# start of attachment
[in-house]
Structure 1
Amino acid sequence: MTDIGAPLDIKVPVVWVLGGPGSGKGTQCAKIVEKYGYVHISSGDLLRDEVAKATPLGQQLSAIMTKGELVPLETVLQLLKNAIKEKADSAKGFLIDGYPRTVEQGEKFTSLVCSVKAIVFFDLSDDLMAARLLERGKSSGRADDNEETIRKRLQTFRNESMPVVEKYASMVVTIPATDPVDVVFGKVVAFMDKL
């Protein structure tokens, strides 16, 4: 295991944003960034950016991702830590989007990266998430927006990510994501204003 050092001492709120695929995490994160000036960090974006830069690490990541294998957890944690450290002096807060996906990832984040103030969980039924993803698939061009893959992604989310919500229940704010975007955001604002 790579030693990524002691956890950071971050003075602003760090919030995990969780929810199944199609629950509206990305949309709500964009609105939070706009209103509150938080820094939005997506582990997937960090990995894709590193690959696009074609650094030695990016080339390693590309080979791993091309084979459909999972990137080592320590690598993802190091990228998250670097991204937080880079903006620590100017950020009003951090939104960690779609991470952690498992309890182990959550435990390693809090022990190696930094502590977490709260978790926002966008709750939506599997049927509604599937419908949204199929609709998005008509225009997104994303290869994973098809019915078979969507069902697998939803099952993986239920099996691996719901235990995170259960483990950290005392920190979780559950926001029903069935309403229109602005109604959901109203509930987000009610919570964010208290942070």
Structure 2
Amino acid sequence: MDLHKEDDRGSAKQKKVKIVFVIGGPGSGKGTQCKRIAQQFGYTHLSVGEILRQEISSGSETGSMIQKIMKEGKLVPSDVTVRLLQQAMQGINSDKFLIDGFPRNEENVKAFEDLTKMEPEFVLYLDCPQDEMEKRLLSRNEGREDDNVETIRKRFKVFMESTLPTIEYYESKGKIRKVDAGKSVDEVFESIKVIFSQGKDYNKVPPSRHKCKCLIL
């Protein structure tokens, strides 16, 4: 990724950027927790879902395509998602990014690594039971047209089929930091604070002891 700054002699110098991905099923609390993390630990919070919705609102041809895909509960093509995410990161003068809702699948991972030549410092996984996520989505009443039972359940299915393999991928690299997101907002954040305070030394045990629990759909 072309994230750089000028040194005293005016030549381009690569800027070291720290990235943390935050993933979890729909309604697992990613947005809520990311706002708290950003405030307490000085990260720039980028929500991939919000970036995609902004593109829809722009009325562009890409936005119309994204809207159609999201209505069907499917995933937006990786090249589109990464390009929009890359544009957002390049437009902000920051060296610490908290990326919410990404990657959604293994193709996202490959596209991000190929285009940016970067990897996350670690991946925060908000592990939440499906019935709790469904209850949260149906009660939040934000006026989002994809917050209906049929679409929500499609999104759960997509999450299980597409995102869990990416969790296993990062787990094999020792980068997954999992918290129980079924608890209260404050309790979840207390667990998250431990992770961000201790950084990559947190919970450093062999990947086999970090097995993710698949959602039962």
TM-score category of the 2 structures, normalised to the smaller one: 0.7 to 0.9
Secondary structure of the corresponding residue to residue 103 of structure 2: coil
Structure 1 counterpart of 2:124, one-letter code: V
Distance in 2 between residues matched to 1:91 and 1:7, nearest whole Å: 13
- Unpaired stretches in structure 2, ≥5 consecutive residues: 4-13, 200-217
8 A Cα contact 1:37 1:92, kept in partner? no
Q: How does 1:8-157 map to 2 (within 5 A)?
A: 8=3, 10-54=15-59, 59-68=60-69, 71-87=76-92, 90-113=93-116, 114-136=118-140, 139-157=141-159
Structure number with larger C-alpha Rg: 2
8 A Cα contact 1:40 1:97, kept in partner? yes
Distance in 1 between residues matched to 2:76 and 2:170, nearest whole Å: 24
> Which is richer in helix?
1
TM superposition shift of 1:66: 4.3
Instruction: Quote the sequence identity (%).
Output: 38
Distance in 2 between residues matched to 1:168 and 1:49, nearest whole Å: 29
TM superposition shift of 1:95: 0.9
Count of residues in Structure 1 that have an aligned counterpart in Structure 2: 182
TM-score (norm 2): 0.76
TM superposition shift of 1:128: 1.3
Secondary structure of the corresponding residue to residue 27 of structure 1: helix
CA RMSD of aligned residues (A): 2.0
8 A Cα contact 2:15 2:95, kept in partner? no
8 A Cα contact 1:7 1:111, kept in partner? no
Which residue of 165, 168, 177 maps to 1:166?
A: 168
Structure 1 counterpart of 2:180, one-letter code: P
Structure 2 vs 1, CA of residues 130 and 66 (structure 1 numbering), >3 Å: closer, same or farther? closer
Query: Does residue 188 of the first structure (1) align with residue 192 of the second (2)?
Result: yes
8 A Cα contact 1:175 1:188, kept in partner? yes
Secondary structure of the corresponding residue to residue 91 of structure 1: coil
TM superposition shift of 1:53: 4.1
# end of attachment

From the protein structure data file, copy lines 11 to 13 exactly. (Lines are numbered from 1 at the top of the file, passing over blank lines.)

Distance in 2 between residues matched to 1:91 and 1:7, nearest whole Å: 13
- Unpaired stretches in structure 2, ≥5 consecutive residues: 4-13, 200-217
8 A Cα contact 1:37 1:92, kept in partner? no